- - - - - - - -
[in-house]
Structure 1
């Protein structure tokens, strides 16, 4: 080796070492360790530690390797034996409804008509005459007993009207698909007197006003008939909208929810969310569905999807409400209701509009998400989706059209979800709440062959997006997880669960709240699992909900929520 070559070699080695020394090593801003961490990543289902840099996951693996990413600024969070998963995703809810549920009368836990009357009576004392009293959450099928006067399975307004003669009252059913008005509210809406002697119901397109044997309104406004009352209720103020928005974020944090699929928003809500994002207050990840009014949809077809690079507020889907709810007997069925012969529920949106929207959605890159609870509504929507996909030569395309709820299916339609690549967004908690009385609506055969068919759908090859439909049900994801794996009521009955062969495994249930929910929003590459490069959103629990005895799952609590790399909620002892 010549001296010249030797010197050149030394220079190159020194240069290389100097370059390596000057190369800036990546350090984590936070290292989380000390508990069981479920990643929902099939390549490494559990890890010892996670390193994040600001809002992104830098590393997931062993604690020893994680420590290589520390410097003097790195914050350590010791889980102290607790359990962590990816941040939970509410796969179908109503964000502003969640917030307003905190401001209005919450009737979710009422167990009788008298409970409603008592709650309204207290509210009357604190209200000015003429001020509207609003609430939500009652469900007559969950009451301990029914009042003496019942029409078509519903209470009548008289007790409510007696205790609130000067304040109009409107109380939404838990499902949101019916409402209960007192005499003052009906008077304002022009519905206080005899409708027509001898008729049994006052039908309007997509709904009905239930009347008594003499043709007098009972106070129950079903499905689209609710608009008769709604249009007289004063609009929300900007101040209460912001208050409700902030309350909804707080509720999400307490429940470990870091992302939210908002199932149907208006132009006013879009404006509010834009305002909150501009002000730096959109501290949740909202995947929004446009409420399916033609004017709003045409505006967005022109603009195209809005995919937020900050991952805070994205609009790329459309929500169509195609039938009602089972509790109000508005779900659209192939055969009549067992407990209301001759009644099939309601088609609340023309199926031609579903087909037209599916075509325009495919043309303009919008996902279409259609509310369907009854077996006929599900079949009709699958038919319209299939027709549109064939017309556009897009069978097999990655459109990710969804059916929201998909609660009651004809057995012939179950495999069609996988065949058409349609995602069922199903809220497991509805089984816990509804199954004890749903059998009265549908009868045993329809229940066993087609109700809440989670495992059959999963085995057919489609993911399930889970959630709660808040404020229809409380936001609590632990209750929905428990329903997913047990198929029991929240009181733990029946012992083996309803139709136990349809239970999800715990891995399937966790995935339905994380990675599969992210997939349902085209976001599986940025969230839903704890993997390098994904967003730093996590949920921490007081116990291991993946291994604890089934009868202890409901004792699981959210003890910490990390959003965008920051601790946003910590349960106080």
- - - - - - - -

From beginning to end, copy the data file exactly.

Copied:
[in-house]
Structure 1
């Protein structure tokens, strides 16, 4: 080796070492360790530690390797034996409804008509005459007993009207698909007197006003008939909208929810969310569905999807409400209701509009998400989706059209979800709440062959997006997880669960709240699992909900929520 070559070699080695020394090593801003961490990543289902840099996951693996990413600024969070998963995703809810549920009368836990009357009576004392009293959450099928006067399975307004003669009252059913008005509210809406002697119901397109044997309104406004009352209720103020928005974020944090699929928003809500994002207050990840009014949809077809690079507020889907709810007997069925012969529920949106929207959605890159609870509504929507996909030569395309709820299916339609690549967004908690009385609506055969068919759908090859439909049900994801794996009521009955062969495994249930929910929003590459490069959103629990005895799952609590790399909620002892 010549001296010249030797010197050149030394220079190159020194240069290389100097370059390596000057190369800036990546350090984590936070290292989380000390508990069981479920990643929902099939390549490494559990890890010892996670390193994040600001809002992104830098590393997931062993604690020893994680420590290589520390410097003097790195914050350590010791889980102290607790359990962590990816941040939970509410796969179908109503964000502003969640917030307003905190401001209005919450009737979710009422167990009788008298409970409603008592709650309204207290509210009357604190209200000015003429001020509207609003609430939500009652469900007559969950009451301990029914009042003496019942029409078509519903209470009548008289007790409510007696205790609130000067304040109009409107109380939404838990499902949101019916409402209960007192005499003052009906008077304002022009519905206080005899409708027509001898008729049994006052039908309007997509709904009905239930009347008594003499043709007098009972106070129950079903499905689209609710608009008769709604249009007289004063609009929300900007101040209460912001208050409700902030309350909804707080509720999400307490429940470990870091992302939210908002199932149907208006132009006013879009404006509010834009305002909150501009002000730096959109501290949740909202995947929004446009409420399916033609004017709003045409505006967005022109603009195209809005995919937020900050991952805070994205609009790329459309929500169509195609039938009602089972509790109000508005779900659209192939055969009549067992407990209301001759009644099939309601088609609340023309199926031609579903087909037209599916075509325009495919043309303009919008996902279409259609509310369907009854077996006929599900079949009709699958038919319209299939027709549109064939017309556009897009069978097999990655459109990710969804059916929201998909609660009651004809057995012939179950495999069609996988065949058409349609995602069922199903809220497991509805089984816990509804199954004890749903059998009265549908009868045993329809229940066993087609109700809440989670495992059959999963085995057919489609993911399930889970959630709660808040404020229809409380936001609590632990209750929905428990329903997913047990198929029991929240009181733990029946012992083996309803139709136990349809239970999800715990891995399937966790995935339905994380990675599969992210997939349902085209976001599986940025969230839903704890993997390098994904967003730093996590949920921490007081116990291991993946291994604890089934009868202890409901004792699981959210003890910490990390959003965008920051601790946003910590349960106080």